It was hard to stay awake.  The pains of his body rippled through his consciousness and in his daze he could imagine that he was only just resting here on this fragment of sidewalk and desiccated patch of grass.  He suspected that this was shock, that his brain was scrambling to mitigate the violence he’d just experienced, but all he knew was that it was late and dark and he hurt (so bad, so bad) and all he wanted to do was fall asleep (even though somewhere deep in his subconscious a voice cried out a warning: STAY AWAKE, STAY AWAKE, LIVE, STAY AWAKE!).  He would close his eyes for just a moment.  Just a moment and then he’d try again to lift up his wounded limbs and find the help he needed.  Just closed for a minute…

“Hey.  Hey! Man, are you okay? What happened to you?  Can you hear me?!” 

He tried to respond, but it seemed he was trying to swim through a pressing darkness to the voice calling to him.

“Look, I’m going to call an ambulance.  Can you hear me? Wake up man! You’ve got to stay awake!” 

He could feel his eyelids fluttering, and swimming against the tide of unconsciousness, he said “Okay, okay, I’m awake.”

“Damn, damn, I’ve got no cell reception here.  Look, I’m going to get my car and drive you to the hospital.  Stay awake man.  I’m coming back.  I’m coming back!”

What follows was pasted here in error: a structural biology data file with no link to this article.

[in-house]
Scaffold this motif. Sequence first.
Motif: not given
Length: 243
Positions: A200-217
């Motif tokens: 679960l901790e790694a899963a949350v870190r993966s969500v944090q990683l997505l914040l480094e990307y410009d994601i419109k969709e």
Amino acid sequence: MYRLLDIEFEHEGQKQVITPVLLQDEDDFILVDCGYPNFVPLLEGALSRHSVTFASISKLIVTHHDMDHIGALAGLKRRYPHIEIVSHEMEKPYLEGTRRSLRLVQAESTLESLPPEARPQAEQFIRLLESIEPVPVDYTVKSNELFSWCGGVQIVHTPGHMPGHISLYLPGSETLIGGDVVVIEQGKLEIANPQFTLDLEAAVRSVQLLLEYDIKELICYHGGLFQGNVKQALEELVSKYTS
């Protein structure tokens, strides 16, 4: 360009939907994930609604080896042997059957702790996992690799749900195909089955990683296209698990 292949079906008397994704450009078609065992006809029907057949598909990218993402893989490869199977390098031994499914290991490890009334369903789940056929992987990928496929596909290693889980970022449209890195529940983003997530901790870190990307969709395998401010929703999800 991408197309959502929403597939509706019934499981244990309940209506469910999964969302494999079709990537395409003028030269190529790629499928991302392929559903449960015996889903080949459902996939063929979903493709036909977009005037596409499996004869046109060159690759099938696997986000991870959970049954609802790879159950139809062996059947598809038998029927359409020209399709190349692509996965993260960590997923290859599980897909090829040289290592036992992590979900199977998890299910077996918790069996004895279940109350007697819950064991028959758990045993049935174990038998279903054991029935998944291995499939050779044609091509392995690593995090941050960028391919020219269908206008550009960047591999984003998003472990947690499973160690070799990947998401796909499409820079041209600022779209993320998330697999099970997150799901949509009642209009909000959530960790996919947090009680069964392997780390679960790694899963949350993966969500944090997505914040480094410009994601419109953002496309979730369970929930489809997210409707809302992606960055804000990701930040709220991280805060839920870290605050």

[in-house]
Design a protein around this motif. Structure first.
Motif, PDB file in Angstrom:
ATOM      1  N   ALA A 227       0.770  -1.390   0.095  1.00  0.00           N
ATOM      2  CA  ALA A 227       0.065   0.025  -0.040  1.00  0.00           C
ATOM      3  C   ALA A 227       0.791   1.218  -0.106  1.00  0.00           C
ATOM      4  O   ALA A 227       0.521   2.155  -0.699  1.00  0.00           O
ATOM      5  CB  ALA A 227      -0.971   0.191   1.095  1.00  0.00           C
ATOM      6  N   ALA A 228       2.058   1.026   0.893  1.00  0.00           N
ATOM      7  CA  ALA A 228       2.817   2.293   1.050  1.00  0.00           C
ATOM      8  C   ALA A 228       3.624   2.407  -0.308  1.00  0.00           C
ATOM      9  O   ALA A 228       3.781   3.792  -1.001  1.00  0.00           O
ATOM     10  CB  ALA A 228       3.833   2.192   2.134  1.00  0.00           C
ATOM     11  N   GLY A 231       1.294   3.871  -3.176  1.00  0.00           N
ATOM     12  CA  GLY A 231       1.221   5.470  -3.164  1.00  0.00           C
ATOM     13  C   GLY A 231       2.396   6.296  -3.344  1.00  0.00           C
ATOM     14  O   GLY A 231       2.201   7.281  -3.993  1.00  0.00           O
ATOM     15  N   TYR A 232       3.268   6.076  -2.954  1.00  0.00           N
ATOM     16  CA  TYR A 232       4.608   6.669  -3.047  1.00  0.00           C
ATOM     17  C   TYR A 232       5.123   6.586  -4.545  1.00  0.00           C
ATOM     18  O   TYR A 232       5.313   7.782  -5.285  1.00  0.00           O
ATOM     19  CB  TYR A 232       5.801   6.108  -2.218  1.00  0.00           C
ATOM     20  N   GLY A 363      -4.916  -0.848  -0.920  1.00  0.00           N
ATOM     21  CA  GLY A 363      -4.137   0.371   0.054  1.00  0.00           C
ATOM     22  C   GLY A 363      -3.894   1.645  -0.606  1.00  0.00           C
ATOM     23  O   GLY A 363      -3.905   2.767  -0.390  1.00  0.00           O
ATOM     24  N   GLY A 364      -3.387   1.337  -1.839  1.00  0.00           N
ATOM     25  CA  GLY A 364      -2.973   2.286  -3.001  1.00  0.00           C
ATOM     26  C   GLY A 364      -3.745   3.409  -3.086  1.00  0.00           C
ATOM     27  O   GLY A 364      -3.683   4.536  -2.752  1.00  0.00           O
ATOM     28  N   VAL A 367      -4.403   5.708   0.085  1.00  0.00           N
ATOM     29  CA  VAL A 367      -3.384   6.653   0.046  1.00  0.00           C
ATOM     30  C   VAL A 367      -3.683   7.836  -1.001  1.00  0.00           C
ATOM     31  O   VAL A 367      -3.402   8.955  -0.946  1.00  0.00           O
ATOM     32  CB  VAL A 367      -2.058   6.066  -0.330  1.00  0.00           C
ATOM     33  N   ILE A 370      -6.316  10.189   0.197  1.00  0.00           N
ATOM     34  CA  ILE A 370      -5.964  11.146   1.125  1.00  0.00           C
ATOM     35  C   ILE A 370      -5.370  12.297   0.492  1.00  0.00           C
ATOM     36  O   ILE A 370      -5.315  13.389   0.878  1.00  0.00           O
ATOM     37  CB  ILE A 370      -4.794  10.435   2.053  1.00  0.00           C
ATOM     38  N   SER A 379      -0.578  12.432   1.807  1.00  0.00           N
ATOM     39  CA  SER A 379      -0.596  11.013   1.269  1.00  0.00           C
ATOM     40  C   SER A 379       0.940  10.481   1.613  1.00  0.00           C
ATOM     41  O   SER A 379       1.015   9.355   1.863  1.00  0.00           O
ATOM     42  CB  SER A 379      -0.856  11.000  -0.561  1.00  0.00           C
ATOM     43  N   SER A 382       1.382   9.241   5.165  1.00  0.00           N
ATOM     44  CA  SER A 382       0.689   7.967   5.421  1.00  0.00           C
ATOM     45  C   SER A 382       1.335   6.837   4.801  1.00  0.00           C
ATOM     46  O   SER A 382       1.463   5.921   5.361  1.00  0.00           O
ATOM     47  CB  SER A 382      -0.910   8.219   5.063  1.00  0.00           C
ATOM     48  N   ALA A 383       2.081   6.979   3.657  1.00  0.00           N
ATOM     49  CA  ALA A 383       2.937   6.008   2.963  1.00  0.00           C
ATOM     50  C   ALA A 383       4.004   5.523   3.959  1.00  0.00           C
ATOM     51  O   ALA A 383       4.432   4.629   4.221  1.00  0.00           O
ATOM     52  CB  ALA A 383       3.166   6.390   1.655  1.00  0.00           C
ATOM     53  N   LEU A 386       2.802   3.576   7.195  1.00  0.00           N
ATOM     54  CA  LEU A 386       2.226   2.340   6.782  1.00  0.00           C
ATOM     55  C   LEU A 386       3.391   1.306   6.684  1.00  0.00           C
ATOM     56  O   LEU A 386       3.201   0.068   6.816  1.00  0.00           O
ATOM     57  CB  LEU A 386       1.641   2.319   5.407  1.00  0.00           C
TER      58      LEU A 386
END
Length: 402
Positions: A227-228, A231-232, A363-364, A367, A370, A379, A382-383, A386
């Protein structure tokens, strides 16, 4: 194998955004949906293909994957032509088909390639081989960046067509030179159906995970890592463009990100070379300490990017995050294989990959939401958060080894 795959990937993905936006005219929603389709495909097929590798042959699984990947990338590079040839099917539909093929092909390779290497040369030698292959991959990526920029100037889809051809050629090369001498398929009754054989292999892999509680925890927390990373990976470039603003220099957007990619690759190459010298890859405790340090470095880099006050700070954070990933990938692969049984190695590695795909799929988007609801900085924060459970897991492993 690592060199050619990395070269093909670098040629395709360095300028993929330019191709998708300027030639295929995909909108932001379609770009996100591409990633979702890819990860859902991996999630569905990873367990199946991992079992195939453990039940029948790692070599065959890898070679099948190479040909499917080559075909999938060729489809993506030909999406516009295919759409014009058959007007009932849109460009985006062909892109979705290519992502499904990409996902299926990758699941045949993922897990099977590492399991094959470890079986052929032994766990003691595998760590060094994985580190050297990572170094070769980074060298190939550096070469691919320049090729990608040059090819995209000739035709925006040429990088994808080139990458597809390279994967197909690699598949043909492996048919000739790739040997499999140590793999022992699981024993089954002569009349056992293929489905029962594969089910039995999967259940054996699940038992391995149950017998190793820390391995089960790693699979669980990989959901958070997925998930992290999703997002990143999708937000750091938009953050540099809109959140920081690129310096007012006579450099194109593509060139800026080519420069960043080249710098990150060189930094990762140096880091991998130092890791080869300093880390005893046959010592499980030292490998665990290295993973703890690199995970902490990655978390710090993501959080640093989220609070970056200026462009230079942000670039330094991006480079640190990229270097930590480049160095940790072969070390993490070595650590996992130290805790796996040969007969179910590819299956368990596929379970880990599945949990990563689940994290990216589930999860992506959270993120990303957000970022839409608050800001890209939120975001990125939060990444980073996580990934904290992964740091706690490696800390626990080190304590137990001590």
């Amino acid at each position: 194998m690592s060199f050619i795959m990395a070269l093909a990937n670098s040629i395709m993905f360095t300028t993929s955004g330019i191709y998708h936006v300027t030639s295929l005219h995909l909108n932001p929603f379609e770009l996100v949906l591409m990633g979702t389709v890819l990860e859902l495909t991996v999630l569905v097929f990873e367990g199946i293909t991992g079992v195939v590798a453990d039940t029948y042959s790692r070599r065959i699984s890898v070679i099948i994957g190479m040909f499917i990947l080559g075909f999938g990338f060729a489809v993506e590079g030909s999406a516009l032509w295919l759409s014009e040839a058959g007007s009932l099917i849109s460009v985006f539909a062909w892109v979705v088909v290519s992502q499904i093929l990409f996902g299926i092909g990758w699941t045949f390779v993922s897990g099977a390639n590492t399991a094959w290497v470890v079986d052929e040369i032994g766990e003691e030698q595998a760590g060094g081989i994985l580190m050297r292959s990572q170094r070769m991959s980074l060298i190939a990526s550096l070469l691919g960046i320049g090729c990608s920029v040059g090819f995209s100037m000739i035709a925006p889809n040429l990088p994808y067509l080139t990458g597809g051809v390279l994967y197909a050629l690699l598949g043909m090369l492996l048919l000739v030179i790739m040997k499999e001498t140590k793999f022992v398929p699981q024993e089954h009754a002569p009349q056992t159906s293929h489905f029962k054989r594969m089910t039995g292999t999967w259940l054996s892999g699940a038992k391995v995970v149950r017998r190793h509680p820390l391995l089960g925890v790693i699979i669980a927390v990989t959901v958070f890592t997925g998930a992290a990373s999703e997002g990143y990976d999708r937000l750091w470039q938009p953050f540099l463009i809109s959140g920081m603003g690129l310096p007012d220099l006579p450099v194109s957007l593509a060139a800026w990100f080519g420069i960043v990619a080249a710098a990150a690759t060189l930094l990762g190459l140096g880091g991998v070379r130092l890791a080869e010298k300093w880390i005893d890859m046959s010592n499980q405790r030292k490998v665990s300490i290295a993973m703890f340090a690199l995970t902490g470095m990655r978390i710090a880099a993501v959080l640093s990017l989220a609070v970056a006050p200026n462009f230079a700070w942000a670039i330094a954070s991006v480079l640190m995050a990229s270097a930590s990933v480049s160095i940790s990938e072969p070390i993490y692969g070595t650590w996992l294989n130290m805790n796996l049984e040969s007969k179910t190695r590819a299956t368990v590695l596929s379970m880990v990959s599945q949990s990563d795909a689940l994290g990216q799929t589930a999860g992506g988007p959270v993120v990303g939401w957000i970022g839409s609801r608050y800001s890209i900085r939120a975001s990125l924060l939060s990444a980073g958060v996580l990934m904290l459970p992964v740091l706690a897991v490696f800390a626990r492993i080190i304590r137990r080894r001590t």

It was quiet again, quiet except for the pounding of feet as his frantic stranger ran towards their car.  Foot steps and far away noises of cars and the frantic barking of dogs, and wind blowing through drought-stricken trees and windows banging loose in their frames, and the slow beating of his heart and the shallow pace of his own breath, and the low murmur of his ipod as “I got you babe” sang tinnily through his speakers and into the cement where the earphones had fallen.  And somewhere in the midst of all the noise and all the silence and all the pain and all the blackness he felt himself being lifted (OH GOD HOW COULD IT HURT MORE) from the ground and laid across the fabric of a backseat and then he knew nothing else.